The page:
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Technique: Crosswind taxi tips

Just two rules to remember to stay in your airplane’s sweet spot

Click on image to enlarge.
Illustration by Charles Floyd

One of the first things a student pilot learns in flight training is that the rudder pedals—and not the control yoke or stick—are used to turn the airplane on the ground. One hand will operate the throttle to control your speed. Is the other hand simply on a short vacation as you guide the aircraft to the end of the runway?

Not in the least. In no-wind conditions, the ailerons and elevator have little or no effect on directional control if you’re taxiing at an appropriate speed. In this case the yoke should be held in a neutral position. But moderate or strong headwinds, especially when combined with a strong propeller slipstream, can create a lifting action on the horizontal tail surfaces. To compensate for this, pull back on the elevator.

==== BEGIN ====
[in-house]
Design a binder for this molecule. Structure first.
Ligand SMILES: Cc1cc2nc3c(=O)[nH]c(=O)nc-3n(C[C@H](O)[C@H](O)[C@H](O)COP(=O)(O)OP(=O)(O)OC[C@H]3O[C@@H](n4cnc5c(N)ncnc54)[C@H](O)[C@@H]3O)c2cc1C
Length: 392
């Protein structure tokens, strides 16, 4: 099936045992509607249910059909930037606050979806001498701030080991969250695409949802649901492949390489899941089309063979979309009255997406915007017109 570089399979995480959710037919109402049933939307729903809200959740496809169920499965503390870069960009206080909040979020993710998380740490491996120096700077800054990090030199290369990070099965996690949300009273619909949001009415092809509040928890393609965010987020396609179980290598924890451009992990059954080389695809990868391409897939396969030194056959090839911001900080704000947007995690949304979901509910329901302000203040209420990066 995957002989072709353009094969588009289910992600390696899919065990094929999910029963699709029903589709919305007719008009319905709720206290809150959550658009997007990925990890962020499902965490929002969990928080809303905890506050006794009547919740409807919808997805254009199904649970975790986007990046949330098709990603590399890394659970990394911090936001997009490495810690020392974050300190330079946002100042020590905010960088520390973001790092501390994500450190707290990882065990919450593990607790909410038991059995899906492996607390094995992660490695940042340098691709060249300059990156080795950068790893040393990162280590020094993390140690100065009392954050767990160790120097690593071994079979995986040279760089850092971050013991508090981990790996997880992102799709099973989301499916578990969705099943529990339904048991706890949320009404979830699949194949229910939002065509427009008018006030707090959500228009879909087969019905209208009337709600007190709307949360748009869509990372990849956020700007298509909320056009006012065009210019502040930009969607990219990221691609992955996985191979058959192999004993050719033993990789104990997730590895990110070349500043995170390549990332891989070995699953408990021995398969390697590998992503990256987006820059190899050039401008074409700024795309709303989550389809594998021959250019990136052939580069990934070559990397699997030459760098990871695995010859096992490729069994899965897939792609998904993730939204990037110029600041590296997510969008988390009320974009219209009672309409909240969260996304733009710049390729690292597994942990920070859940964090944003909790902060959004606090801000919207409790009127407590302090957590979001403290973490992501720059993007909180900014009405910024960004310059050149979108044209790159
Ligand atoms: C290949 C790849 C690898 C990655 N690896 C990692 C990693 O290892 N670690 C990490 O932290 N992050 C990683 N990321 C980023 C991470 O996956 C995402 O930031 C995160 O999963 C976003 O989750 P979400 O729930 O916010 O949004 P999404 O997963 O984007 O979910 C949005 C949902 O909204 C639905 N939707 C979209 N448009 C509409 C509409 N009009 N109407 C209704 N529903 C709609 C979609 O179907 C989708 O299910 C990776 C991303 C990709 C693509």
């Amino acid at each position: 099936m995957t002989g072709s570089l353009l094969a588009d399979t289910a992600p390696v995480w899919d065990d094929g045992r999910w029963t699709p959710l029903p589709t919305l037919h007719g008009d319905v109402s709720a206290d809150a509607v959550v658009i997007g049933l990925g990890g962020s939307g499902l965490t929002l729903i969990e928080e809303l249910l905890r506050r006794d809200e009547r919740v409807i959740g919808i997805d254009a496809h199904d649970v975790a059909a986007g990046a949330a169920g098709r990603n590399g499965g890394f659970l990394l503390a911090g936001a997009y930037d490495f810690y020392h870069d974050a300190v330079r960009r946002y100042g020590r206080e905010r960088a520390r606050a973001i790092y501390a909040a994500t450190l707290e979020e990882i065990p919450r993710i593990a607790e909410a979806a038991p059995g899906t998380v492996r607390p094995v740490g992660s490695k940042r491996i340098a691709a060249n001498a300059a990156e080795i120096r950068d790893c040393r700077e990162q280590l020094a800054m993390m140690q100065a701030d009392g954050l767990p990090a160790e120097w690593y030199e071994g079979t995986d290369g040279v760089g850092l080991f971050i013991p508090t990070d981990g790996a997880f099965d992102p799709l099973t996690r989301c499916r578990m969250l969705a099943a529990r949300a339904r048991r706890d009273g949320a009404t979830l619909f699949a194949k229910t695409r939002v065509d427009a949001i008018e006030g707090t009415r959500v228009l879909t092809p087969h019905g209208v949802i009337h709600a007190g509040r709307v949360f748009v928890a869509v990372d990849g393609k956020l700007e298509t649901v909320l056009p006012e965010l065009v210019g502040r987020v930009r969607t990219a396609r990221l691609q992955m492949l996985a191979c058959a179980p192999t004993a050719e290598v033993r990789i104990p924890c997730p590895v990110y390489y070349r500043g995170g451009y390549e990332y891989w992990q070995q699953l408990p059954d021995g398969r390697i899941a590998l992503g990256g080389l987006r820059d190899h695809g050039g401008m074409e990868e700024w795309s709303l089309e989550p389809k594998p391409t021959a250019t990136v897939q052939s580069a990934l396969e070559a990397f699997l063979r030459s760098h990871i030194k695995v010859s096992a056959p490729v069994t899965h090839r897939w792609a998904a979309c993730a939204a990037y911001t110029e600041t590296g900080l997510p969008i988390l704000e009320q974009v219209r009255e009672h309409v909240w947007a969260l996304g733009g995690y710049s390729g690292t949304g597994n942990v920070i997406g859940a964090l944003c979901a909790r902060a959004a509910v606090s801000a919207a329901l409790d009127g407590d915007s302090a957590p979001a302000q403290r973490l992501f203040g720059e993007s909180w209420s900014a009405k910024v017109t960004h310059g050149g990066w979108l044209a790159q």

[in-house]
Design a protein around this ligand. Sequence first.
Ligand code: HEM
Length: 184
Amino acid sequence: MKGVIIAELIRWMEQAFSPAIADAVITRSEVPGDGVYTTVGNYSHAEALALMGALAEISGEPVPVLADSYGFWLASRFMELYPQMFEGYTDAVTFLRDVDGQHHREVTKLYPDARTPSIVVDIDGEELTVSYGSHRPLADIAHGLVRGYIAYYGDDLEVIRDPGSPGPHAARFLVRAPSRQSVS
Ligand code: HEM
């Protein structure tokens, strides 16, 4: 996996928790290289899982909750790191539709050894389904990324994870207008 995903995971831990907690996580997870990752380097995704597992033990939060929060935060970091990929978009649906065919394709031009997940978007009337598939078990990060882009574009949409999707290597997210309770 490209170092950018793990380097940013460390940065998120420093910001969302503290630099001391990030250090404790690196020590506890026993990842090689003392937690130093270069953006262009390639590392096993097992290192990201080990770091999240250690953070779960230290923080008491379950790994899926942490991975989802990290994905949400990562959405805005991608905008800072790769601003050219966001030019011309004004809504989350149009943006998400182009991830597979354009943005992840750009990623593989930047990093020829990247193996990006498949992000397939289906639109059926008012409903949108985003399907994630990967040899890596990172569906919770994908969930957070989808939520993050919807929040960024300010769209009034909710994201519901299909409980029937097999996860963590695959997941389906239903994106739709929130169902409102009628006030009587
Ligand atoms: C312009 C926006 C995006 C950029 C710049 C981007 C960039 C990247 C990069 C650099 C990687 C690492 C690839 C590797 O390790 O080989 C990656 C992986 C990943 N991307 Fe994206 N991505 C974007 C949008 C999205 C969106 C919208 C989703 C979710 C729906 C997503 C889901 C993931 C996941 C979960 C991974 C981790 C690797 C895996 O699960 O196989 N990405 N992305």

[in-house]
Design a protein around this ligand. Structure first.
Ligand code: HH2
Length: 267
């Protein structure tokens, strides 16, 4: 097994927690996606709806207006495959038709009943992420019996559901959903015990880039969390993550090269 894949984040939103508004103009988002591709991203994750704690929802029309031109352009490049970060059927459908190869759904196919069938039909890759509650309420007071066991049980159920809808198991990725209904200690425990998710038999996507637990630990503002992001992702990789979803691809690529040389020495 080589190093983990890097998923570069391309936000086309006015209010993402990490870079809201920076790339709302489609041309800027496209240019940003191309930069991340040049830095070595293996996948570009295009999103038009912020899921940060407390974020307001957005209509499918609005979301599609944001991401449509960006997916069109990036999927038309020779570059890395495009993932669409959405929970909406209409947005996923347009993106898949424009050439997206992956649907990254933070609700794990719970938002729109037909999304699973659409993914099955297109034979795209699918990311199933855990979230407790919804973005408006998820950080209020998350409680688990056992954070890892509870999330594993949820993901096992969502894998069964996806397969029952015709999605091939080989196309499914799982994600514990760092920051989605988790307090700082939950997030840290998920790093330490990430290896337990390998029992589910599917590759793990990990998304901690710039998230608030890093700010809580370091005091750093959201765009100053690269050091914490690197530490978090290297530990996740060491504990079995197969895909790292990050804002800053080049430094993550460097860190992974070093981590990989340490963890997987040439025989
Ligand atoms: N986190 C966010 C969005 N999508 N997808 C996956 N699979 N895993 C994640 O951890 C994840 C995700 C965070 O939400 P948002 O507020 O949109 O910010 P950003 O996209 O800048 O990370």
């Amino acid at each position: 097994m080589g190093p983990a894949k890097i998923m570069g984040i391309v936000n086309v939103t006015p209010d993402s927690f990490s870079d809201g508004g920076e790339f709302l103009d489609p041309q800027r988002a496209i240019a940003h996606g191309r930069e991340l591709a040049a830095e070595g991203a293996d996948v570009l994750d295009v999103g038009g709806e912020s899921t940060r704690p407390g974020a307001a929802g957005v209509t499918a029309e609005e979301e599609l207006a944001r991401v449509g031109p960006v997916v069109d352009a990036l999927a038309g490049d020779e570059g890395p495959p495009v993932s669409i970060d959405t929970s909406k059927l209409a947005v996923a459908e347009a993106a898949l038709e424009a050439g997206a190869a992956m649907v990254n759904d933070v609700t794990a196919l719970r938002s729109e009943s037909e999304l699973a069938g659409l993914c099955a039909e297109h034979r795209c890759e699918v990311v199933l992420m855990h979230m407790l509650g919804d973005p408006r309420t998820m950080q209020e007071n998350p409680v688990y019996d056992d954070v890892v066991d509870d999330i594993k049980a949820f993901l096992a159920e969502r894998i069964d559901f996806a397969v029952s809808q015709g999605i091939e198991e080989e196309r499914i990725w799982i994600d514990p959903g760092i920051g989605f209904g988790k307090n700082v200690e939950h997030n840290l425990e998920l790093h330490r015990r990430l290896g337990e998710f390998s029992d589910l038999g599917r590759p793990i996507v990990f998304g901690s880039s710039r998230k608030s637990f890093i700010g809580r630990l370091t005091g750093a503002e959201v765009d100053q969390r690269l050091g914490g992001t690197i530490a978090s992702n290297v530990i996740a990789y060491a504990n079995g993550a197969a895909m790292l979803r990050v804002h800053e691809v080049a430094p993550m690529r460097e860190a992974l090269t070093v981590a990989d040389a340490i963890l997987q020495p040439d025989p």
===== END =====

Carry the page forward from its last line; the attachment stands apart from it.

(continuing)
If you’re taxiing with a quartering headwind, the wing on the upwind side—the side from which the wind is blowing—can be raised by the wind if the upwind aileron is not held up, reducing that lifting action. Some texts and instructors will say to point your thumbs into the wind, because your thumb points up when you hold the yoke. But it’s easier to remember if you think, climb into a headwind.

Taxiing with a quartering tailwind, hold the elevator down to keep that wind from getting under the tail (and wings); too much uncompensated wind from behind can nose the airplane over. And hold down the upwind aileron. In other words, dive away from a tailwind. Proper crosswind taxi corrections will help to minimize weathervaning, which makes the airplane easier to steer.

Climb into a headwind, dive away from a tailwind. Control positioning during taxi is as easy as that.

Mike Collins

Mike Collins

Technical Editor
Mike Collins, AOPA technical editor and director of business development, died at age 59 on February 25, 2021. He was an integral part of the AOPA Media team for nearly 30 years, and held many key editorial roles at AOPA Pilot, Flight Training, and AOPA Online. He was a gifted writer, editor, photographer, audio storyteller, and videographer, and was an instrument-rated pilot and drone pilot.

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